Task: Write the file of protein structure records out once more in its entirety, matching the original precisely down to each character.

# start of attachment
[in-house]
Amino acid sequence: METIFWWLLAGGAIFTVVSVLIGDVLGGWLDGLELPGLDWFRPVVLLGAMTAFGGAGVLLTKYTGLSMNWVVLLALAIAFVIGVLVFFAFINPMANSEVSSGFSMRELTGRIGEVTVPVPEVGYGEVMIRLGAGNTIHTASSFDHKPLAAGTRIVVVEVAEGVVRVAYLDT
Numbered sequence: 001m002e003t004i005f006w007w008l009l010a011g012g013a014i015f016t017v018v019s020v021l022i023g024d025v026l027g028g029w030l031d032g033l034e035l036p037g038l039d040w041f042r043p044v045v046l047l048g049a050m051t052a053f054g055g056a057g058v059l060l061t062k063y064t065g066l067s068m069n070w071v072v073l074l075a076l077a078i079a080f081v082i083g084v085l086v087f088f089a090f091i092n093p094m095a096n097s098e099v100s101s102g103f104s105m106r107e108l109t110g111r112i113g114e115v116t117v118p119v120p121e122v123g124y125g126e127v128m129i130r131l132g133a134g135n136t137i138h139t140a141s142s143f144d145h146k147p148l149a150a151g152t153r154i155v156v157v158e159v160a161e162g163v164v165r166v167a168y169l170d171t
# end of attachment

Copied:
[in-house]
Amino acid sequence: METIFWWLLAGGAIFTVVSVLIGDVLGGWLDGLELPGLDWFRPVVLLGAMTAFGGAGVLLTKYTGLSMNWVVLLALAIAFVIGVLVFFAFINPMANSEVSSGFSMRELTGRIGEVTVPVPEVGYGEVMIRLGAGNTIHTASSFDHKPLAAGTRIVVVEVAEGVVRVAYLDT
Numbered sequence: 001m002e003t004i005f006w007w008l009l010a011g012g013a014i015f016t017v018v019s020v021l022i023g024d025v026l027g028g029w030l031d032g033l034e035l036p037g038l039d040w041f042r043p044v045v046l047l048g049a050m051t052a053f054g055g056a057g058v059l060l061t062k063y064t065g066l067s068m069n070w071v072v073l074l075a076l077a078i079a080f081v082i083g084v085l086v087f088f089a090f091i092n093p094m095a096n097s098e099v100s101s102g103f104s105m106r107e108l109t110g111r112i113g114e115v116t117v118p119v120p121e122v123g124y125g126e127v128m129i130r131l132g133a134g135n136t137i138h139t140a141s142s143f144d145h146k147p148l149a150a151g152t153r154i155v156v157v158e159v160a161e162g163v164v165r166v167a168y169l170d171t